Projections of historical figures and moments in the story of Montreal appeared on the sides of buildings all over Old Montreal. The project is called Cité Mémoire and features an impressive amount of moving tableaux showcasing many important moments in Montreal’s history.

poutine and Montreal Harbour Area

the harbour area near Old Montreal at sunset

The next day we left this special city and headed east. We stopped for lunch in the small town of Joliette and stumbled into a wonderful little artisinal brasserie (brewery) where we had a glass of freshly brewed apple cider and tasted our first poutine. The verdict was – delicious! This humble dish of french fries topped with cheese curds and smothered in a rich brown gravy was invented in Quebec in the 1950s and has now become extremely popular in the rest of the country, even the continent. There’s something very homey about a dish of fries and gravy. It’s hard to explain the attraction until you’ve tried it. And then if you try it with a good mountain of shredded, meltingly tender roasted rib meat added on top . . . just wow.

two dishes of Quebec poutine, one with rib meat

Next Stop: Quebec City 

Watch for it in the next blog post!

Read my last blog post about the first part of our trip.

* * * * *

Kitchen Frau Notes: Use your favourite french fries – frozen is fine. You can usually buy bags of cheese curds in the cheese section of a large supermarket or a specialty cheese store. If you can get ‘squeaky’ ones – score!

Use your favourite gravy or the delicious recipe below. The gravy should be nice and thick so it sticks to the fries and doesn’t all run to the bottom of the bowl.

You can make vegetarian poutine by using a flavourful vegetable broth instead of a meat-based broth.

Canadian poutine with gluten free gravy

Real Canadian Poutine

For each serving:

  • a few handfuls of hot, cooked french fries – fresh homemade or previously frozen & baked according to package directions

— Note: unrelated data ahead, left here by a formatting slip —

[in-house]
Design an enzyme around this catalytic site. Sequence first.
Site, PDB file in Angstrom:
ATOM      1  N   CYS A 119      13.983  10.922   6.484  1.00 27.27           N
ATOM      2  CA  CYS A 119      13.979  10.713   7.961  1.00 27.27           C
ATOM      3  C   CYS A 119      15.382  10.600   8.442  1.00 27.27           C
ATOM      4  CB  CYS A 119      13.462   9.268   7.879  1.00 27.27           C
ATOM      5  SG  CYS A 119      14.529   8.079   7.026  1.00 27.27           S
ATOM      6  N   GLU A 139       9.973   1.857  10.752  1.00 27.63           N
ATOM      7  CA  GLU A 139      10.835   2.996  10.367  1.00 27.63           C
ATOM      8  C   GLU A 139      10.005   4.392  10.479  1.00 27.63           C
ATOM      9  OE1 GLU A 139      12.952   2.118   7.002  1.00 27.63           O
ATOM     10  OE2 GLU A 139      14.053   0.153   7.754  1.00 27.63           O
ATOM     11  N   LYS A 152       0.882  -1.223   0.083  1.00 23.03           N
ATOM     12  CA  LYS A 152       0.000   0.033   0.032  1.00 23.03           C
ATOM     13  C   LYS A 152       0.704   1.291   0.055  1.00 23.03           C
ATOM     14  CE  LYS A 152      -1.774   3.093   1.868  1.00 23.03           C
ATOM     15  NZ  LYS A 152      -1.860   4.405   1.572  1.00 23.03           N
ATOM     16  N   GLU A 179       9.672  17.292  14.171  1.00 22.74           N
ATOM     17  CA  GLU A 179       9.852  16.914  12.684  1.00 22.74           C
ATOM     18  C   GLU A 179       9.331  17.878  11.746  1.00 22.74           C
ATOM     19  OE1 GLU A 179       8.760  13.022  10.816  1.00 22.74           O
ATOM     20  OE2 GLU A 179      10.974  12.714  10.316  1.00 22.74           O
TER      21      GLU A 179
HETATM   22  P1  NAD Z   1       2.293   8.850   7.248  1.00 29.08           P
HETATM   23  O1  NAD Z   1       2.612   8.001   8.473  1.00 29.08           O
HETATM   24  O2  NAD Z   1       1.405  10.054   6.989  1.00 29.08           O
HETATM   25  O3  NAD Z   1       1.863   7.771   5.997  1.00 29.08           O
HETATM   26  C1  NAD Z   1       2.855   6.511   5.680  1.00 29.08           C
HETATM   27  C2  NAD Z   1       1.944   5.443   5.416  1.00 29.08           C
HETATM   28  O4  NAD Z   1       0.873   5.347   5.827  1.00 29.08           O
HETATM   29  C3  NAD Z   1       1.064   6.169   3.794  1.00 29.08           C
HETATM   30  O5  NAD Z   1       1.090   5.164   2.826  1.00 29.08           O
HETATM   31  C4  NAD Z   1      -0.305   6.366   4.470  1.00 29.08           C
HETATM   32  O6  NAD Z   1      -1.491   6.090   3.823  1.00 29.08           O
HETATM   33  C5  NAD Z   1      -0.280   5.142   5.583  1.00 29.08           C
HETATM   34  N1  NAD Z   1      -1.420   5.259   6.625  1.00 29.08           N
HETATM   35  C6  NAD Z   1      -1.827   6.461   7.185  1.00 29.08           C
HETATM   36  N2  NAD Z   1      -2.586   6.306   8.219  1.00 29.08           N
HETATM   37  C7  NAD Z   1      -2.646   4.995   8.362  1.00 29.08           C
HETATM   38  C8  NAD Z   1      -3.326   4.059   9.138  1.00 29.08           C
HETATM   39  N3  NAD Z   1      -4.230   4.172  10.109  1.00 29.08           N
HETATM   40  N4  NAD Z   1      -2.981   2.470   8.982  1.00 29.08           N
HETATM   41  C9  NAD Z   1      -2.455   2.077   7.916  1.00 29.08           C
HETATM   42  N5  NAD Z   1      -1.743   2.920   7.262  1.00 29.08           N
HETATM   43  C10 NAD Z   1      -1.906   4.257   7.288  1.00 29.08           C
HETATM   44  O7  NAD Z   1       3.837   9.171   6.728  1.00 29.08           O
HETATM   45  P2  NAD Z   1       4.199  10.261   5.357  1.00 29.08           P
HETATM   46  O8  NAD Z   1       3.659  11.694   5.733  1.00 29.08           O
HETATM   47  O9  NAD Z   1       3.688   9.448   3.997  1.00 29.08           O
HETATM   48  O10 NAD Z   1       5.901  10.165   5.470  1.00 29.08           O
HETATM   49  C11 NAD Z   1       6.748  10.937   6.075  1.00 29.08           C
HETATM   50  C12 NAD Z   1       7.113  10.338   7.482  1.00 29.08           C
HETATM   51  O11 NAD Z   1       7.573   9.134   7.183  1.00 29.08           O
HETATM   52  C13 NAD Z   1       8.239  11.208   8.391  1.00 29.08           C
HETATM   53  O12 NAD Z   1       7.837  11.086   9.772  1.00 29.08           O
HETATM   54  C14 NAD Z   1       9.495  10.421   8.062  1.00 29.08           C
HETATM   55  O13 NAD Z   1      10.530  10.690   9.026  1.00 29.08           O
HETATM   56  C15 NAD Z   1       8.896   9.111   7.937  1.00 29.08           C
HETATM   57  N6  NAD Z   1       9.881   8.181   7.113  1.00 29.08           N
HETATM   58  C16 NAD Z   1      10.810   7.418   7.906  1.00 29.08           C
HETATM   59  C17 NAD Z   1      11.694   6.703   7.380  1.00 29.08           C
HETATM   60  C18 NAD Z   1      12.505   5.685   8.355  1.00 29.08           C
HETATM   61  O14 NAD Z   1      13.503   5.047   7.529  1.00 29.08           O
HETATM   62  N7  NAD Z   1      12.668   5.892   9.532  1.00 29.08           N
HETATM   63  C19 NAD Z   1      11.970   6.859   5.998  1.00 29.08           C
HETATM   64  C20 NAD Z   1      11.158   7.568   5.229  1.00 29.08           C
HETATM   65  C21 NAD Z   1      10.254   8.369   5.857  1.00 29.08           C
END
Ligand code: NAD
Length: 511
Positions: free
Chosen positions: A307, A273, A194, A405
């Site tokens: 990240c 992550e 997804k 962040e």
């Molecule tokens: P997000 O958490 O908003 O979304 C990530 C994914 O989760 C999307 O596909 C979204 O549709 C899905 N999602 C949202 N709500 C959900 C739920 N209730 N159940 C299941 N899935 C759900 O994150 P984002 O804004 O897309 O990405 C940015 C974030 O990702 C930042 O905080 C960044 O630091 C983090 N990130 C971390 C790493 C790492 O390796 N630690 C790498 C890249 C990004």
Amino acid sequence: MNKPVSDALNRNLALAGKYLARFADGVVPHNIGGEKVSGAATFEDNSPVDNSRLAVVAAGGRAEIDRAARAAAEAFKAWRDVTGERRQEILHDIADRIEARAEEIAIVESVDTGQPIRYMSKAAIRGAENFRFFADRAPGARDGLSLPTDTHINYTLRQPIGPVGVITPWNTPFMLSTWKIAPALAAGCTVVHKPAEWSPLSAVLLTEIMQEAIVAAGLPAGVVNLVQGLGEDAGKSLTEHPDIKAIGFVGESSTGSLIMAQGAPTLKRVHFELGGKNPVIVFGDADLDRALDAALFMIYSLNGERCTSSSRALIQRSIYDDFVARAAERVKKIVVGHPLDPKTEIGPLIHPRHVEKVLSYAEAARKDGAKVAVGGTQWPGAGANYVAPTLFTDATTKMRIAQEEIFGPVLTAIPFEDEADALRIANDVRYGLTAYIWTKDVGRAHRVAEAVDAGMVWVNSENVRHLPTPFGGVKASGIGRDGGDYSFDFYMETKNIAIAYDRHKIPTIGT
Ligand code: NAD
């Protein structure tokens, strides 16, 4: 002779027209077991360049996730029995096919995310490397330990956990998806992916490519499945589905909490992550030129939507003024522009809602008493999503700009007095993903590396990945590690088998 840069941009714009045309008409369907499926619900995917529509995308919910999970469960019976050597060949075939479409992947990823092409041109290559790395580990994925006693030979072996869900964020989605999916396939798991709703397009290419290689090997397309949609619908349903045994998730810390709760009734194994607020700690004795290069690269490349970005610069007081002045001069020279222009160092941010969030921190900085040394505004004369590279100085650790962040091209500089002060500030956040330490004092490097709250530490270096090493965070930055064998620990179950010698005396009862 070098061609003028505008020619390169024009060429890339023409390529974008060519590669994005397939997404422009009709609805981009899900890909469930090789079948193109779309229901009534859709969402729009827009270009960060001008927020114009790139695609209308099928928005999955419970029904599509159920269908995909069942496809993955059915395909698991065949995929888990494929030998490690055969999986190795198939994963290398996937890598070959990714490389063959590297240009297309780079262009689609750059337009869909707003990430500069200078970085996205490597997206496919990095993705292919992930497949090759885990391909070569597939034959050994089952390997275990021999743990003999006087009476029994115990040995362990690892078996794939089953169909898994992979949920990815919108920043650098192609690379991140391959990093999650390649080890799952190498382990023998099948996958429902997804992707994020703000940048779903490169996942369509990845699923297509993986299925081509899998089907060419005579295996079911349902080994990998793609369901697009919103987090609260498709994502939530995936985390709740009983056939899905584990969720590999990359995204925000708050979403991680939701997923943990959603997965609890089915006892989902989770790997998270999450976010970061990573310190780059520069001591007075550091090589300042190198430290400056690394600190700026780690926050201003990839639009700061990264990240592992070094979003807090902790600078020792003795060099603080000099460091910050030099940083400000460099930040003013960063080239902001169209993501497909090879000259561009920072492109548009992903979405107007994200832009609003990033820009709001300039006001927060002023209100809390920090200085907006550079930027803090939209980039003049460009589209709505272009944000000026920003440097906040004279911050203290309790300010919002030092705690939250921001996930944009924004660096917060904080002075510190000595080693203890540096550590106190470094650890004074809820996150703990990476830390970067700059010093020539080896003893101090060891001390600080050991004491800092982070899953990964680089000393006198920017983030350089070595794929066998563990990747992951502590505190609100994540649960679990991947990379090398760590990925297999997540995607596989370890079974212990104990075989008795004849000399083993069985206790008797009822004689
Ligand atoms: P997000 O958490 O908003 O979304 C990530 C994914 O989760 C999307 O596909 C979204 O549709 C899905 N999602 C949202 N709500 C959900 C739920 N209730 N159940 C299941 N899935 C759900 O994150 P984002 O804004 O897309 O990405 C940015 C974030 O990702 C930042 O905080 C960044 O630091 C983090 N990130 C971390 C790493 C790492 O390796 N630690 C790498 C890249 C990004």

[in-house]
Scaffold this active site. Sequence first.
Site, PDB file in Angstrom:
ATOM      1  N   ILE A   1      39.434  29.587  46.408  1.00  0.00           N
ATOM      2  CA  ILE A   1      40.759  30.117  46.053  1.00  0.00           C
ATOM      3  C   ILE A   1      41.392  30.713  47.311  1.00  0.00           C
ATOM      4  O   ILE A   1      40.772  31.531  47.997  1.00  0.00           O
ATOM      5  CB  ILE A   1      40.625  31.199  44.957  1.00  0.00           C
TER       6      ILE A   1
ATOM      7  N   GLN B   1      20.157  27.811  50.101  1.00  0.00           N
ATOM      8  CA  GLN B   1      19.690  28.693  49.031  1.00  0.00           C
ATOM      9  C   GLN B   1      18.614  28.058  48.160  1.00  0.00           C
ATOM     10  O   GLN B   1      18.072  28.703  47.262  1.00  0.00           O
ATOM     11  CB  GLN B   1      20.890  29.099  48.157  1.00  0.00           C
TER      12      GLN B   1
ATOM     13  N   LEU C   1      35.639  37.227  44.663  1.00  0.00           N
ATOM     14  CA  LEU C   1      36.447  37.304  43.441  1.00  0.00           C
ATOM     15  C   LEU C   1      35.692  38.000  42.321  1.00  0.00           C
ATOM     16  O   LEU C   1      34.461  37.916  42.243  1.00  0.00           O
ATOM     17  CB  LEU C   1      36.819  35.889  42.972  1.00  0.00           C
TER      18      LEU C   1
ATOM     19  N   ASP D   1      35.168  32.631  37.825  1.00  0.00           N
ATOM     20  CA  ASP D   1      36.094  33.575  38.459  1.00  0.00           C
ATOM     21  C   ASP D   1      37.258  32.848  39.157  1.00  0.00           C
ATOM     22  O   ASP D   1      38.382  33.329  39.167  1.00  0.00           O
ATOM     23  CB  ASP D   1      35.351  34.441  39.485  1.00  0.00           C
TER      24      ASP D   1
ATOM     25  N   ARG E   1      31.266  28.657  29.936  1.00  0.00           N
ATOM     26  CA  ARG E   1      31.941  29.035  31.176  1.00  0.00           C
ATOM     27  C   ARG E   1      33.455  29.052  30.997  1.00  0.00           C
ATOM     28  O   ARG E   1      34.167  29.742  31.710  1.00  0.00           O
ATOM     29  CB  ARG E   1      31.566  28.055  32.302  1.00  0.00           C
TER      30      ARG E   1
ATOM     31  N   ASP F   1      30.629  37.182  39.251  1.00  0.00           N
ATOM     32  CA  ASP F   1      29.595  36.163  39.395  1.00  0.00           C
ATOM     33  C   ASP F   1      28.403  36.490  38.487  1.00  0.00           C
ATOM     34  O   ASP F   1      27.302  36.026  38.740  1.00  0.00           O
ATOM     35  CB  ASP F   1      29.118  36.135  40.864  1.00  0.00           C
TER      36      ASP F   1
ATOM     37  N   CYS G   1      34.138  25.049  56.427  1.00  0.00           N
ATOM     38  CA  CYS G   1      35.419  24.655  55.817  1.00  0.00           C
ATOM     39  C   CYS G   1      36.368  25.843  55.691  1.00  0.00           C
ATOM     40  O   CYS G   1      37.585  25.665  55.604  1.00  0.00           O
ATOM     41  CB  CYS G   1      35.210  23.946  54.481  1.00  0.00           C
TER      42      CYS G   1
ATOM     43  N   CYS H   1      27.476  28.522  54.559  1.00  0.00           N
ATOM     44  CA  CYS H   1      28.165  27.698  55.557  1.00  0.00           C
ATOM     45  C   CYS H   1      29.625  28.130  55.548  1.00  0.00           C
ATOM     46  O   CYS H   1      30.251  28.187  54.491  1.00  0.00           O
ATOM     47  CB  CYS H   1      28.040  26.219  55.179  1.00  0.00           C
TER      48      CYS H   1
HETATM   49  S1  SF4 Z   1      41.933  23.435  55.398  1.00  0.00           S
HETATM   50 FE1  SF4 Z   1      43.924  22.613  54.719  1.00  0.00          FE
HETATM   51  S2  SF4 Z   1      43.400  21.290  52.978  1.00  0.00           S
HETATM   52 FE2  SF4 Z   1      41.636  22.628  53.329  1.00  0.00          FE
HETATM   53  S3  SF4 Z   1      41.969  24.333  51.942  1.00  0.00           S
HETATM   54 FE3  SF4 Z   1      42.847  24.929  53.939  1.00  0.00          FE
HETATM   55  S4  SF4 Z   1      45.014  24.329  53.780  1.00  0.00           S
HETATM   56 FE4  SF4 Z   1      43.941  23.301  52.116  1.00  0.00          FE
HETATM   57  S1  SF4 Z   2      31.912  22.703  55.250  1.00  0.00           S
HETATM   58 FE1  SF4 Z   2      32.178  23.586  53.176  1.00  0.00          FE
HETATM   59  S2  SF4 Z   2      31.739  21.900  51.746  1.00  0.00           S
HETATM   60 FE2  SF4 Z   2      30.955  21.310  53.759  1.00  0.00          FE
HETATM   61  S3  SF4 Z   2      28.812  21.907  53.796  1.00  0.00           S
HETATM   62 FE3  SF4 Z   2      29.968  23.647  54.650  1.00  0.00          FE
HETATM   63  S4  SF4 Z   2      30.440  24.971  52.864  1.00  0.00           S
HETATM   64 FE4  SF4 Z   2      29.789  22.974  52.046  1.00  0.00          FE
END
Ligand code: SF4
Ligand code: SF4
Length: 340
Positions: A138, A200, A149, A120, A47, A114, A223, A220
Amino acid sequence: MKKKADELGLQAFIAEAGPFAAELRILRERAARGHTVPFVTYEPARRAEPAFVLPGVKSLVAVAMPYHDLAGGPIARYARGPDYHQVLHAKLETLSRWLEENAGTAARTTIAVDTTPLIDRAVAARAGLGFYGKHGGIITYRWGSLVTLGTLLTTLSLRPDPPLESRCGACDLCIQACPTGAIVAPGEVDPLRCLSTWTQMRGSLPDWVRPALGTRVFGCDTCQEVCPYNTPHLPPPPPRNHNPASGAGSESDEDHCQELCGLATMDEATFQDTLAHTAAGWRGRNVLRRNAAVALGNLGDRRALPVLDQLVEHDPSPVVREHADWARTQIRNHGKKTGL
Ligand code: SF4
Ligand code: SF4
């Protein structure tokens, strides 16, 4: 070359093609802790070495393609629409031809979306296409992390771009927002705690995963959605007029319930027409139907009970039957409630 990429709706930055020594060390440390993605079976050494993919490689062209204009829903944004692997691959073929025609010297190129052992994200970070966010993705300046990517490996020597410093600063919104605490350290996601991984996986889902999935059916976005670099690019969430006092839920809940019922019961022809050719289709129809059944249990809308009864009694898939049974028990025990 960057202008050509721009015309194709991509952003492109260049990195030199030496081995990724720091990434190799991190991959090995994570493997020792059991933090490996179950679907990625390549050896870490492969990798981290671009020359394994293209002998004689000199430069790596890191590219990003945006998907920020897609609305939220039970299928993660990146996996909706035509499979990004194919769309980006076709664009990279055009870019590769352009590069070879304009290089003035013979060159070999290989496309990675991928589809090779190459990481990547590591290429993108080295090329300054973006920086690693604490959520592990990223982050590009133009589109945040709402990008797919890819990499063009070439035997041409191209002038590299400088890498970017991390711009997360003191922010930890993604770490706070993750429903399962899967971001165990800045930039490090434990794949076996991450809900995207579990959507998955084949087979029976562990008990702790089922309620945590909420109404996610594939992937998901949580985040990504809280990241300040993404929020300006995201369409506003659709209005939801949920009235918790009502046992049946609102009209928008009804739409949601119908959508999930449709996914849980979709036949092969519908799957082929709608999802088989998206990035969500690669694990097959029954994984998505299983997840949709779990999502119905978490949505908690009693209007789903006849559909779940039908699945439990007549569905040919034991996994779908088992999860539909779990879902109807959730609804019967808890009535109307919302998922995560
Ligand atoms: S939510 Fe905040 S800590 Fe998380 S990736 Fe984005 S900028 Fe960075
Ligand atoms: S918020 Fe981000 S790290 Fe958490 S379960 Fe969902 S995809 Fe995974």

• a handful of cheddar cheese curds
  • ¼ to ½ cup (60-120ml) of thick, flavourful gravy (your favourite, or see recipe below)

Arrange a serving of french fries in a shallow bowl. Add a handful of cheddar cheese curds. Drizzle over a generous amount of gravy.

Eat with gusto.

a forkful of poutine with rich gluten free gravy

Rich and Flavourful Gluten Free Gravy

  • 2 tablespoons cooking fat – butter, ghee, duck fat, pan drippings, or oil
  • ½ teaspoon onion powder
  • ½ teaspoon celery salt
  • ¼ teaspoon garlic powder
  • ¼ teaspoon dry mustard powder
  • ¼ teaspoon coarsely ground black pepper
  • 3½ tablespoons sweet rice flour (or regular flour if not gluten-free)
  • 2 cups good quality gluten-free beef broth (or use chicken or turkey broth)
  • 1 tablespoon gluten-free soy sauce

Heat the cooking fat and stir in the onion powder, celery salt, garlic powder, dry mustard powder, and pepper. Cook for 30 seconds.

Stir in the sweet rice flour and cook for 1 minute.

Gradually pour in the beef broth, stirring constantly. Add the soy sauce. Cook until bubbling and thickened. Taste and add more soy sauce if it needs to be more salty. This gravy should be well-seasoned, so its flavour remains bright even when combined with the fries.

*Note: If you want to make this recipe to use as regular gravy, use only 3 tablespoons of sweet rice flour. Poutine gravy should be a little thicker than normal so it sticks to the fries.

Makes about 2 cups.

Bon Appetit!

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Real Canadian Poutine - that comfort food dish of fries with cheese curds and rich gravy

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gluten free gravy; Parliament in autumn splendour